Hitler's Geographies: The Spatialities of the Third Reich

Hitler's Geographies: The Spatialities of the Third Reich

by Paolo Giaccaria, Claudio Minca

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Lebensraum: the entitlement of “legitimate” Germans to living space. Entfernung: the expulsion of “undesirables” to create empty space for German resettlement. During his thirteen years leading Germany, Hitler developed and made use of a number of powerful geostrategical concepts such as these in order to justify his imperialist expansion, exploitation, and genocide. As his twisted manifestation of spatial theory grew in Nazi ideology, it created a new and violent relationship between people and space in Germany and beyond.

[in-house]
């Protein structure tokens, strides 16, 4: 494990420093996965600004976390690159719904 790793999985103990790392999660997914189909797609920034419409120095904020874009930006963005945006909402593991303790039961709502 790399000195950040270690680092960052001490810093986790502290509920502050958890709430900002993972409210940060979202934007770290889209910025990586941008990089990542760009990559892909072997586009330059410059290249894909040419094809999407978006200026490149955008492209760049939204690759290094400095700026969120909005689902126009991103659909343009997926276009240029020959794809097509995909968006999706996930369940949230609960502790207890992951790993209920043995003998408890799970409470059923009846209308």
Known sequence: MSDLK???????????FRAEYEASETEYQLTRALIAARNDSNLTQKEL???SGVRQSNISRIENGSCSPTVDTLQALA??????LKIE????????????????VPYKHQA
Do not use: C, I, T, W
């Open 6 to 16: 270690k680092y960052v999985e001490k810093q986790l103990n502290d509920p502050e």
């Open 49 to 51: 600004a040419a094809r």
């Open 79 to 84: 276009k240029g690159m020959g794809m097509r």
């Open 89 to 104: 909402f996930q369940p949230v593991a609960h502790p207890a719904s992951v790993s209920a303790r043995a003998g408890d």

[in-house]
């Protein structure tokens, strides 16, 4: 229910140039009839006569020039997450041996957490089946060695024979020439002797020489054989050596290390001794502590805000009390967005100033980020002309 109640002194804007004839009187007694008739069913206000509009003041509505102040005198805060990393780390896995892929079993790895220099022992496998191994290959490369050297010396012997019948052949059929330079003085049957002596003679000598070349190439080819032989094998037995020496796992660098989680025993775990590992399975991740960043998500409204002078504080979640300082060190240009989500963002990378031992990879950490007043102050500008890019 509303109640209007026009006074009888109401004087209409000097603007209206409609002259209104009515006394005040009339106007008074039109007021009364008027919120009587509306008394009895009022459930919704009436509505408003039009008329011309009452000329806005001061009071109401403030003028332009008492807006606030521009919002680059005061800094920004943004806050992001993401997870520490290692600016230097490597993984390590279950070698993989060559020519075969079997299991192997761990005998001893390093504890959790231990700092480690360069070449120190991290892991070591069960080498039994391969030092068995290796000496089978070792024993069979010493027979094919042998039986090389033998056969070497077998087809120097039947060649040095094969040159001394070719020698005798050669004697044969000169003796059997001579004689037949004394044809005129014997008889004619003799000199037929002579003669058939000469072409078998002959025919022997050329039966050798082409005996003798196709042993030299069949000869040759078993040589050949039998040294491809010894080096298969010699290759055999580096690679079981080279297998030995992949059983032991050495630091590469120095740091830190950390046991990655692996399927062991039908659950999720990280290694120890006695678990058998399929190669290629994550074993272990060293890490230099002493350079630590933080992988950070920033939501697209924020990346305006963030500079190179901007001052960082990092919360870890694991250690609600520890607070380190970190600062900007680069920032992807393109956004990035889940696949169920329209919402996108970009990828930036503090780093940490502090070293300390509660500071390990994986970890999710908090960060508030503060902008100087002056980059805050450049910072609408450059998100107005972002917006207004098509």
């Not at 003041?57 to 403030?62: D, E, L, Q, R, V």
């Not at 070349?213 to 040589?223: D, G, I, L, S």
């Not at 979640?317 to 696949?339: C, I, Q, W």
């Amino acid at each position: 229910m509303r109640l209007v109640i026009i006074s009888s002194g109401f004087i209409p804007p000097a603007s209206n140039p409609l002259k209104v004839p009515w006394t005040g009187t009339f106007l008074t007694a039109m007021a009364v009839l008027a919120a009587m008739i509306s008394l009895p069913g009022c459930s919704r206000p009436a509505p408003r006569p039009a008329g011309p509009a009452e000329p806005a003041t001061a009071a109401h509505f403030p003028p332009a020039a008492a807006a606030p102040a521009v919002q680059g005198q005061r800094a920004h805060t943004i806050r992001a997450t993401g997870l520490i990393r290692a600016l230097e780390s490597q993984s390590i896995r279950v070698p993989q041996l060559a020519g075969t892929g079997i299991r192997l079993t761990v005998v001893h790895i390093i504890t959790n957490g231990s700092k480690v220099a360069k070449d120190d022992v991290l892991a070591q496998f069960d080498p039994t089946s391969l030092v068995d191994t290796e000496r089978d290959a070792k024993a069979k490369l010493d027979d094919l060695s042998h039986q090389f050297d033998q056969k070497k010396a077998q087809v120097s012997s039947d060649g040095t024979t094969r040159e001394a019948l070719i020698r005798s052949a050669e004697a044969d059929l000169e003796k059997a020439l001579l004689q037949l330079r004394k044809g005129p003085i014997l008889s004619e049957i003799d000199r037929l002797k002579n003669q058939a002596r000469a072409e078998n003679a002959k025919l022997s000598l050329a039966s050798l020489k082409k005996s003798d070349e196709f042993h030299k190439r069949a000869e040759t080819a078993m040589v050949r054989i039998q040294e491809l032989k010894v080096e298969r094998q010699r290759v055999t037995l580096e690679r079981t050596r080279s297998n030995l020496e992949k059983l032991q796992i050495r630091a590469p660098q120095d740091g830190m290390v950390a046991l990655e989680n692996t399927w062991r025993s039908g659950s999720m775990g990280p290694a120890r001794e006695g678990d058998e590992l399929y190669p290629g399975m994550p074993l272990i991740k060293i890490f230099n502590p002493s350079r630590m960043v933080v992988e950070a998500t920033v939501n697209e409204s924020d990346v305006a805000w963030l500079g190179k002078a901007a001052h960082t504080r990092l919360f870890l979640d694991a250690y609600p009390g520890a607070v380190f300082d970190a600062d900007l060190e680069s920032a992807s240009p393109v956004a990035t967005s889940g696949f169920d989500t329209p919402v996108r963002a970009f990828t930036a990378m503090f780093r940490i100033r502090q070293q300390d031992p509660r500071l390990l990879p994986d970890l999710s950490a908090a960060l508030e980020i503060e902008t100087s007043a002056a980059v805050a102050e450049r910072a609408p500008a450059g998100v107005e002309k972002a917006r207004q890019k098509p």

With Hitler’s Geographies, editors Paolo Giaccaria and Claudio Minca examine the variety of ways in which spatial theory evolved and was translated into real-world action under the Third Reich. They have gathered an outstanding collection by leading scholars, presenting key concepts and figures as well exploring the undeniable link between biopolitical power and spatial expansion and exclusion.

Product Details

ISBN-13: 9780226274560
Publisher: University of Chicago Press
Publication date: 04/21/2016
Sold by: Barnes & Noble
Format: NOOK Book
Pages: 400
File size: 5 MB

About the Author

Paolo Giaccaria is assistant professor of political and economic geography at the University of Turin, in Italy. Claudio Minca is professor and head of cultural geography at Wageningen University, in the Netherlands.

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Hitler's Geographies